A little over a month ago an offer came out promising up to 90,000 miles for the Virgin Atlantic co-brand credit card.
Now, these are Virgin Atlantic miles which aren’t the most valuable. And the offer required a whole bunch of spend. So it’s wasn’t the greatest card offer out there. In fact, I view the card as 82,500 miles for $15,000 spend and wouldn’t take it all the way to capture the full offer on the table.
But it was from an issuer without too many co-brand cards (my only current Bank of America card is an Alaska Visa), and it’s potentially a lot of miles.
The link for the offer appeared to die, so it seemed like the chance for this was gone. But it turns out that another link still works.
This card used to come as an American Express (one of those oddball American Express cards not issued by American Express). Now it’s a MasterCard.
It’s advertised as a signup bonus of up to 90,000 miles but I wouldn’t think about it that way. There are several pieces to the bonus, and you should probably take less than the full miles. And you should know that Virgin Atlantic miles are among the least valuable.
The offer is:
- 20,000 Flying Club bonus miles after first purchase
- 50,000 additional Flying Club bonus miles after spending $12,000 in within 6 months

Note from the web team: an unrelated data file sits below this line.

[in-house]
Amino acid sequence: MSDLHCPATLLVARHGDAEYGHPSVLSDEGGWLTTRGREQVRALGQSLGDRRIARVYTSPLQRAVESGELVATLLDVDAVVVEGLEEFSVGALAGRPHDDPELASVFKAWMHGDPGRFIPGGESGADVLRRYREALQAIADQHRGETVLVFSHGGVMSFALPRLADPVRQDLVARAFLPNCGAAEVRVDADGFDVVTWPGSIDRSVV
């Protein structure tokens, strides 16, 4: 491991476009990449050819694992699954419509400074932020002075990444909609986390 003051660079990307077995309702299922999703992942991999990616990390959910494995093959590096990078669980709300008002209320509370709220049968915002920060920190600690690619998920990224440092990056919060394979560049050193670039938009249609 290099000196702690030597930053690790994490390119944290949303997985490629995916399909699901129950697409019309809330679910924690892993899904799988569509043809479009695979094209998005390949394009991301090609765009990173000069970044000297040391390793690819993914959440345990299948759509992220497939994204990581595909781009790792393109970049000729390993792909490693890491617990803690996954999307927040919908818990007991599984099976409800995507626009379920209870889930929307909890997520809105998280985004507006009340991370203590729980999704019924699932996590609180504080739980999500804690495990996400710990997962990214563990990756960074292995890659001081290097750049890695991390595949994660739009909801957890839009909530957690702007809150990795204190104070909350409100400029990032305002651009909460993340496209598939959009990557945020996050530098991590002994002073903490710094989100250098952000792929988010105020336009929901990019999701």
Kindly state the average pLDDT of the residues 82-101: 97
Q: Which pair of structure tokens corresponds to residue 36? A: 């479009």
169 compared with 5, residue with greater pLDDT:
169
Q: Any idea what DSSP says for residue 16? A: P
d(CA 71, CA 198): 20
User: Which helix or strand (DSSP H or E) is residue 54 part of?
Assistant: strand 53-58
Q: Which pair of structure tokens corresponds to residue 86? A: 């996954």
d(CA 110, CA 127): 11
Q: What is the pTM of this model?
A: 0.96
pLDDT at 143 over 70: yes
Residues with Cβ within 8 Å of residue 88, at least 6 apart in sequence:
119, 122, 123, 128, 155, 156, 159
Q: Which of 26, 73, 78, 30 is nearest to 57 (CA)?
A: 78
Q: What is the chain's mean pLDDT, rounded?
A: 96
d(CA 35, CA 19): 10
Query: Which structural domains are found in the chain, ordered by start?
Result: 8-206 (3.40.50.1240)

- Earn up to 15,000 additional bonus miles upon anniversary — 7500 if you spend $15,000 in the year on the card, and 15,000 if you spend $25,000 in the year on the card.
- Earn up to 5,000 Flying Club bonus miles when you add additional authorized users to your card
Sign up. Put $12,000 on the card. And you get 70,000 miles. Add an authorized user and it’s 75,000 miles.
But if you’re going to do $12,000 in spend, might as well spend $3000 more for an extra 7500 miles.
Then you’re earning 82,500 miles with the card. I wouldn’t put the full $25,000 on this card.
One of the popular uses for Virgin miles in the past was converting to Hilton at one-to-two, 50,000 Virgin miles would yield 100,000 Hilton points. But the ratio nhas been devalued to 1-to-1.5. And Hilton devalued. 75,000 Hilton HHonors points doesn’t especially appeal to me, but some folks will find that useful.
Still, Virgin miles are fairly easy to acquire. Points transfer into Virgin from both American Express Membership Rewards and from Chase Ultimate Rewards.
I’m not a fan of Virgin Atlantic miles, although I have a ton. This offer is strong enough that it has tempted me many times. But I’ve never redeeemed the points. That’s why I put together a list of the great ways to redeem Virgin Atlantic’s miles.
Of course where paid travel would entail a fuel surcharge, Virgin adds that to the cost of an award ticket.
They’ve reduced fuel surcharges on economy awards but those aren’t the awards I’m looking for. (Better off in most cases using Delta miles for the same awards.)
What’s more, departures in a premium cabin originating in the U.K. entail a substantial tax — on top of the surcharges. So Virgin award tickets often aren’t cheap.